• G01N33/543Immunoassay; Biospecific binding assay; Materials therefor with an insoluble carrier for immobilising immunochemicals
    • G01N33/54313Immunoassay; Biospecific binding assay; Materials therefor with an insoluble carrier for immobilising immunochemicals the carrier being characterised by its particulate form
    • BPERFORMING OPERATIONS; TRANSPORTING
    • B01PHYSICAL OR CHEMICAL PROCESSES OR APPARATUS IN GENERAL
    • B01LCHEMICAL OR PHYSICAL LABORATORY APPARATUS FOR GENERAL USE
    • B01L3/00Containers or dishes for laboratory use, e.g. laboratory glassware; Droppers
    • B01L3/50Containers for the purpose of retaining a material to be analysed, e.g. test tubes
    • B01L3/502Containers for the purpose of retaining a material to be analysed, e.g. test tubes with fluid transport, e.g. in multi-compartment structures
    • B01L3/5027Containers for the purpose of retaining a material to be analysed, e.g. test tubes with fluid transport, e.g. in multi-compartment structures by integrated microfluidic structures, i.e. dimensions of channels and chambers are such that surface tension forces are important, e.g. lab-on-a-chip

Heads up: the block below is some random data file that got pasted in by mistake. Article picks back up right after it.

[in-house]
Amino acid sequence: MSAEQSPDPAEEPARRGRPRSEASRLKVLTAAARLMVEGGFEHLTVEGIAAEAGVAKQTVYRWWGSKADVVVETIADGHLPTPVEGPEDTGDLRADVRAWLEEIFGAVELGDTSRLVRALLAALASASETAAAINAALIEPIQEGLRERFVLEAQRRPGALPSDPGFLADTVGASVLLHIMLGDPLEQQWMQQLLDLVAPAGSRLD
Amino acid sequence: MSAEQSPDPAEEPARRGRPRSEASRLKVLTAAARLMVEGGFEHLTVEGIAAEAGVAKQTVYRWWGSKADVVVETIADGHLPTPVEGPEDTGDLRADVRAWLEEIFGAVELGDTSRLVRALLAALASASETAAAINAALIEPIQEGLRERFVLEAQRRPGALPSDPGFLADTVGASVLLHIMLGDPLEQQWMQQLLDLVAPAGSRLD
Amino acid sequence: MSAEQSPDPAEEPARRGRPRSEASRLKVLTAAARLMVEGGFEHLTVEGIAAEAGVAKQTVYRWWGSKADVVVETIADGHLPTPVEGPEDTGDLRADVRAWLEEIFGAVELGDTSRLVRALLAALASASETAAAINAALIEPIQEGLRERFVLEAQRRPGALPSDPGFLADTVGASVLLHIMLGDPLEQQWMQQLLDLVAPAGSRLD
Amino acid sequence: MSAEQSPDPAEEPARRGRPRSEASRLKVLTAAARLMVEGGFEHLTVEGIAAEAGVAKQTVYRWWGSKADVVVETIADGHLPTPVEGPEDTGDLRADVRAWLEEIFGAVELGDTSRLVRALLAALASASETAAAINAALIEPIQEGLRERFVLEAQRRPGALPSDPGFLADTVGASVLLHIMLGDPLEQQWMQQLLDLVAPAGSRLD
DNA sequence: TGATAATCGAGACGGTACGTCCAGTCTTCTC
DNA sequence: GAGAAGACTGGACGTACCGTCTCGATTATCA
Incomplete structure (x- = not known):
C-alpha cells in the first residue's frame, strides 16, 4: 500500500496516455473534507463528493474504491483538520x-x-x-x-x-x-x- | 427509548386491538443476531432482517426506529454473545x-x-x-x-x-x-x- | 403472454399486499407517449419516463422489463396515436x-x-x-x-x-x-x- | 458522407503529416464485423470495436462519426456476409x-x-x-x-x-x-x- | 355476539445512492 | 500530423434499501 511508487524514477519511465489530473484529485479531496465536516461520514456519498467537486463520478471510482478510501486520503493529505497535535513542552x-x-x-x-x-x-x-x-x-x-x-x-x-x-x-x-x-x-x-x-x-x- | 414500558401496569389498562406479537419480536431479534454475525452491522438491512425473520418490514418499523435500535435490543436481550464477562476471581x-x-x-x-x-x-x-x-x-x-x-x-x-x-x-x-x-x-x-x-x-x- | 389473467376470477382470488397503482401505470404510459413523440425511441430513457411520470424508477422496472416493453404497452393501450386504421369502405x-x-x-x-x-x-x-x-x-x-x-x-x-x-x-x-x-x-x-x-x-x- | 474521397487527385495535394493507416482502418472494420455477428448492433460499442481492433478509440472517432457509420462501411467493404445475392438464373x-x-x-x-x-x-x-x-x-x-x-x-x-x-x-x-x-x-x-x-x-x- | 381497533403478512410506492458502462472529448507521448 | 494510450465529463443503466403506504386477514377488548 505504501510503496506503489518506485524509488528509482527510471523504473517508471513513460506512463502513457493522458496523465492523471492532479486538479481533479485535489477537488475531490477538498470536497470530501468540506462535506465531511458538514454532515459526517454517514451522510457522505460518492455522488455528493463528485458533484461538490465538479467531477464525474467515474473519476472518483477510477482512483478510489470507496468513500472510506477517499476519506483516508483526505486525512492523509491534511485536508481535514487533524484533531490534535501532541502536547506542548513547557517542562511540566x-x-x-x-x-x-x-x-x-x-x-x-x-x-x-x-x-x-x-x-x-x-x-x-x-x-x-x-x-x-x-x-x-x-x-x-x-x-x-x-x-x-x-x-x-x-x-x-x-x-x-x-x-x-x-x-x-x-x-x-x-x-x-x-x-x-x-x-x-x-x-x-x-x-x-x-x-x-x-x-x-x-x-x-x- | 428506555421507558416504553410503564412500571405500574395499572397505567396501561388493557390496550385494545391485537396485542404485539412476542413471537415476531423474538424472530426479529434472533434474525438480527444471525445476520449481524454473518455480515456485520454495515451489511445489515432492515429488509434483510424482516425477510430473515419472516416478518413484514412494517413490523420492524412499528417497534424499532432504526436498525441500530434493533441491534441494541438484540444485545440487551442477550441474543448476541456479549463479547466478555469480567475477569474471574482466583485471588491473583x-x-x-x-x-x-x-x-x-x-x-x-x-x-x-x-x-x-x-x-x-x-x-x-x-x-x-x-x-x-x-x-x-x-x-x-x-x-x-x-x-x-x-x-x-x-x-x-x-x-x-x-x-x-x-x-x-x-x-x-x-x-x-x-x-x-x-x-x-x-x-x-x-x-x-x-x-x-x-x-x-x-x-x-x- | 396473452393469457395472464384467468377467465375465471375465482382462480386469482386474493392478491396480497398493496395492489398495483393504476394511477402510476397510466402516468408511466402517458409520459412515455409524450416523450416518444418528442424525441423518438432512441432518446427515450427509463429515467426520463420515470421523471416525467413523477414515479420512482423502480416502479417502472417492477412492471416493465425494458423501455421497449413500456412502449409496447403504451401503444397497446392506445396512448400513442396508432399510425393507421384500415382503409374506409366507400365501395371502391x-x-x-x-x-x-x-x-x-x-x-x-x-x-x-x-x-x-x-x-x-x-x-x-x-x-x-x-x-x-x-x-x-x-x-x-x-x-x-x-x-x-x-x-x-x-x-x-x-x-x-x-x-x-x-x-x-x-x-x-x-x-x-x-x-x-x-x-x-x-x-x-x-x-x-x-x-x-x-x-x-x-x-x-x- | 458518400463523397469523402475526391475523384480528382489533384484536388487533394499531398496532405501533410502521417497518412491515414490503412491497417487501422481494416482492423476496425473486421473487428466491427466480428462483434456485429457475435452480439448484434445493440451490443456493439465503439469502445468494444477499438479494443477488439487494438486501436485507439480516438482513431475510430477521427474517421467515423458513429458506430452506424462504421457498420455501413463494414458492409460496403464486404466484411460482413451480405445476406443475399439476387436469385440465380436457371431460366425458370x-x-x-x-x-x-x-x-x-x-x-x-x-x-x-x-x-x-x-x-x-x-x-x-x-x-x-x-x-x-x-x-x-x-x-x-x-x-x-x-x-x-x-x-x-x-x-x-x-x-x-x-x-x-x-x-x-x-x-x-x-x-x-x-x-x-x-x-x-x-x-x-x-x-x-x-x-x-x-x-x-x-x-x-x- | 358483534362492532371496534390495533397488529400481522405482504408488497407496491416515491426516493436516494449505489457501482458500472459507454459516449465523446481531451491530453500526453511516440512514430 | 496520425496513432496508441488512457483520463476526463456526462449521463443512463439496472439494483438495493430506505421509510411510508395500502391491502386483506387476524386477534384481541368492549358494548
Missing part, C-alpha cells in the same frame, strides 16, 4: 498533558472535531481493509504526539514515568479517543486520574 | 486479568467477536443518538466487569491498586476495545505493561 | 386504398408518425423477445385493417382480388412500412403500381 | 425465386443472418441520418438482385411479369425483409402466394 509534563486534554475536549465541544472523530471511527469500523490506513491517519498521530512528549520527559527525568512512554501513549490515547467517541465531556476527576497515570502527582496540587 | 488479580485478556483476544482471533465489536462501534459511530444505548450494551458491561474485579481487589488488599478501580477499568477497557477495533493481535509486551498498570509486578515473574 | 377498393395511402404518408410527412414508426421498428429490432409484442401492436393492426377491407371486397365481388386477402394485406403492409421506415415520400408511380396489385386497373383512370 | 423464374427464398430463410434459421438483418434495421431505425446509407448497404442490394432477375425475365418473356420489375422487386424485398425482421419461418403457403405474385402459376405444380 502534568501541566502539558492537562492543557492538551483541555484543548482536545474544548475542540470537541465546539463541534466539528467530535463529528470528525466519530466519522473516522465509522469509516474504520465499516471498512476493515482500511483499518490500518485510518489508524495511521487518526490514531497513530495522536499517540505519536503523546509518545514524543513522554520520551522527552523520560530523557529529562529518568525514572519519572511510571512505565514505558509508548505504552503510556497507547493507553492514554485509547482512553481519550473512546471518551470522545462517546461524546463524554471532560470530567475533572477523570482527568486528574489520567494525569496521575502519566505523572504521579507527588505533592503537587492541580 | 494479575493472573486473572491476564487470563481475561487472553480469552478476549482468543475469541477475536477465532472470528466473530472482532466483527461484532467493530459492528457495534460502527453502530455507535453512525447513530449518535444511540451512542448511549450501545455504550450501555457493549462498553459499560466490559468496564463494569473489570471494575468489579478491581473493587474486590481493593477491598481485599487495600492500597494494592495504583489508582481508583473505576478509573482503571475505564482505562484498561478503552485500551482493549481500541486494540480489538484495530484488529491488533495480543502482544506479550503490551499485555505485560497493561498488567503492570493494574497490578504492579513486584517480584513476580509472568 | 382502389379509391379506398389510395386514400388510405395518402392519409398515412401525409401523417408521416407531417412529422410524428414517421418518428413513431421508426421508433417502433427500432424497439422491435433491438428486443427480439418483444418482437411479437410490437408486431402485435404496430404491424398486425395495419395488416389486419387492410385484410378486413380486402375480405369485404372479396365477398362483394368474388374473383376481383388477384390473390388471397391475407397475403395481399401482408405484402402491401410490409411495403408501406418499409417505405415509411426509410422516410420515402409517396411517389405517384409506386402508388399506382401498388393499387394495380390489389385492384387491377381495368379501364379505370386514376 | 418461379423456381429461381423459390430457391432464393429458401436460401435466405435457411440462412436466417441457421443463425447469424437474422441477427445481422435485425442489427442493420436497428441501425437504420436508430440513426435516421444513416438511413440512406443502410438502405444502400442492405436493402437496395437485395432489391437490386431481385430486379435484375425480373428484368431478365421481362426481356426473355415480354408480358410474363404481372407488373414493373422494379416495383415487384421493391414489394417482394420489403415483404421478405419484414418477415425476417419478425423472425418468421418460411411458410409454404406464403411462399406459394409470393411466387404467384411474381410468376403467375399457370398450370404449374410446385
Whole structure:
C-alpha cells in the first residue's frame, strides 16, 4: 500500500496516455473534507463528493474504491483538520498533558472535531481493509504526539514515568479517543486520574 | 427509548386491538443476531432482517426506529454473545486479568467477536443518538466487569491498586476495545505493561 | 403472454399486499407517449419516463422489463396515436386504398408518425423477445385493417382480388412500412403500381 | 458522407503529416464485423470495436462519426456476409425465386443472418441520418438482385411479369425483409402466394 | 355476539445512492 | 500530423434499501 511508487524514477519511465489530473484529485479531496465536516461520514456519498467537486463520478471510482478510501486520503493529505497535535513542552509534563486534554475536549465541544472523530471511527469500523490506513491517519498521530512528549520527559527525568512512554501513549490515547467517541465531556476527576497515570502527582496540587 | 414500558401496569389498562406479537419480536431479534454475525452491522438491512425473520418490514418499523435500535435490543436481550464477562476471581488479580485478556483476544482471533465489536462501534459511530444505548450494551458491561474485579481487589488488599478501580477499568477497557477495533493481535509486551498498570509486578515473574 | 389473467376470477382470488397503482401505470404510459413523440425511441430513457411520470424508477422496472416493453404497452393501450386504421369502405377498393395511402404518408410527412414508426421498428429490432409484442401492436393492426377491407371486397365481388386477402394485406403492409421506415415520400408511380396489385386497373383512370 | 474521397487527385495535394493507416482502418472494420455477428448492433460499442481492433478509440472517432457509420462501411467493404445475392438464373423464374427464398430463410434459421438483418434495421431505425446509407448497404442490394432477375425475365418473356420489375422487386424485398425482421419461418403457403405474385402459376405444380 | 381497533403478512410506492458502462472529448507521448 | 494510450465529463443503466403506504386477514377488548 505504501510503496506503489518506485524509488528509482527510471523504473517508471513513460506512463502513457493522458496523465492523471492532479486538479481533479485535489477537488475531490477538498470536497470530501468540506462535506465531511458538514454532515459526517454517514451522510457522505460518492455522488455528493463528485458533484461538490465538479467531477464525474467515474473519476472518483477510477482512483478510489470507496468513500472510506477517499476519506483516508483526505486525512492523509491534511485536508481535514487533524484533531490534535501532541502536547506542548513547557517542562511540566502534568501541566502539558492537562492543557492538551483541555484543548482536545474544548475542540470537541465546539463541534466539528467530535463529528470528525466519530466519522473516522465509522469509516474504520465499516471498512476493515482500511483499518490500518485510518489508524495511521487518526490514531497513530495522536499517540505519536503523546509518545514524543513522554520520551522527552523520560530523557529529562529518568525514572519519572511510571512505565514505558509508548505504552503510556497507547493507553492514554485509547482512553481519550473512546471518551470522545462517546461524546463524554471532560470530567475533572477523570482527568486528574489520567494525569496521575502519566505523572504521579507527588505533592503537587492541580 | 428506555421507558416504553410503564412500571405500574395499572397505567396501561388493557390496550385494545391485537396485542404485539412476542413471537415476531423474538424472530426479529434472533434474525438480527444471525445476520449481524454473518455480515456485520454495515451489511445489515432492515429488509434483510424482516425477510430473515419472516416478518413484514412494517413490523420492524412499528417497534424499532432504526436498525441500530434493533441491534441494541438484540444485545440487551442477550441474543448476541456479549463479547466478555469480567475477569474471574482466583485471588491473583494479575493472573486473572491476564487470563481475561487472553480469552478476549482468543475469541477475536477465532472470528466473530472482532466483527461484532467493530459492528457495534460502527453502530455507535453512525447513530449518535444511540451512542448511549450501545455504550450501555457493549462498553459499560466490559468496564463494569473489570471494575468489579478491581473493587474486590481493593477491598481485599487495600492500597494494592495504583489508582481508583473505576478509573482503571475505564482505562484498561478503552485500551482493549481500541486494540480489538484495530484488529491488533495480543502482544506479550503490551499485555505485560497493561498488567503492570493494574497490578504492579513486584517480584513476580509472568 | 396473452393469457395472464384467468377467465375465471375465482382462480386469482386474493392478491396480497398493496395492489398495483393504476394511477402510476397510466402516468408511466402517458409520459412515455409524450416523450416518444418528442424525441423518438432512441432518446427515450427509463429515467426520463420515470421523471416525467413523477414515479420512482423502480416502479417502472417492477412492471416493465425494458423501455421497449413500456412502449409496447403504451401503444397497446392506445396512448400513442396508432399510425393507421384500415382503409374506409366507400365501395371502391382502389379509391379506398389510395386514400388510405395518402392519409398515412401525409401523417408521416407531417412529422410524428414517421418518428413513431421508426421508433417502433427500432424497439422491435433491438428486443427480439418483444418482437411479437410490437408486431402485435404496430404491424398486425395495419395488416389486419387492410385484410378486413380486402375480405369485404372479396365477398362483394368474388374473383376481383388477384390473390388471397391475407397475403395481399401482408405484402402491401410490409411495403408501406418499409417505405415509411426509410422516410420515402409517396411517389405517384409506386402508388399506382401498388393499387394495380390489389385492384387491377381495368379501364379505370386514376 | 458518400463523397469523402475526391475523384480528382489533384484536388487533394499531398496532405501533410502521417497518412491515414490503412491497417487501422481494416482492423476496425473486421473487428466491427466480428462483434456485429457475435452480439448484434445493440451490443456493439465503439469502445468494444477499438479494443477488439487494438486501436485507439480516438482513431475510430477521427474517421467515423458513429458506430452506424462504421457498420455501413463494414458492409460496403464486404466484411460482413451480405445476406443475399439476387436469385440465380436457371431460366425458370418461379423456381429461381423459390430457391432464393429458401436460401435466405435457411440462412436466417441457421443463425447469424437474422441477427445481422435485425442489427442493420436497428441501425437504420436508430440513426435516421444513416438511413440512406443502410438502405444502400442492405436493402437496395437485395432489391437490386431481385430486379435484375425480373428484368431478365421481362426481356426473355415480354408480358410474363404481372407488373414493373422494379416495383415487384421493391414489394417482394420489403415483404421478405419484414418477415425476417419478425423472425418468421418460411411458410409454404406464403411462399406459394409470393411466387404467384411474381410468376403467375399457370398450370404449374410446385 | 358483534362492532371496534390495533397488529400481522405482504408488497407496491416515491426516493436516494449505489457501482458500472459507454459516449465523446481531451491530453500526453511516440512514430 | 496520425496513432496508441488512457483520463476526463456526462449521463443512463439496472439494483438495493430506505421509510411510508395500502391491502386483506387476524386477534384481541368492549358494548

• B01L3/502715Containers for the purpose of retaining a material to be analysed, e.g. test tubes with fluid transport, e.g. in multi-compartment structures by integrated microfluidic structures, i.e. dimensions of channels and chambers are such that surface tension forces are important, e.g. lab-on-a-chip characterised by interfacing components, e.g. fluidic, electrical, optical or mechanical interfaces
    • BPERFORMING OPERATIONS; TRANSPORTING
    • B01PHYSICAL OR CHEMICAL PROCESSES OR APPARATUS IN GENERAL
    • B01LCHEMICAL OR PHYSICAL LABORATORY APPARATUS FOR GENERAL USE
    • B01L3/00Containers or dishes for laboratory use, e.g. laboratory glassware; Droppers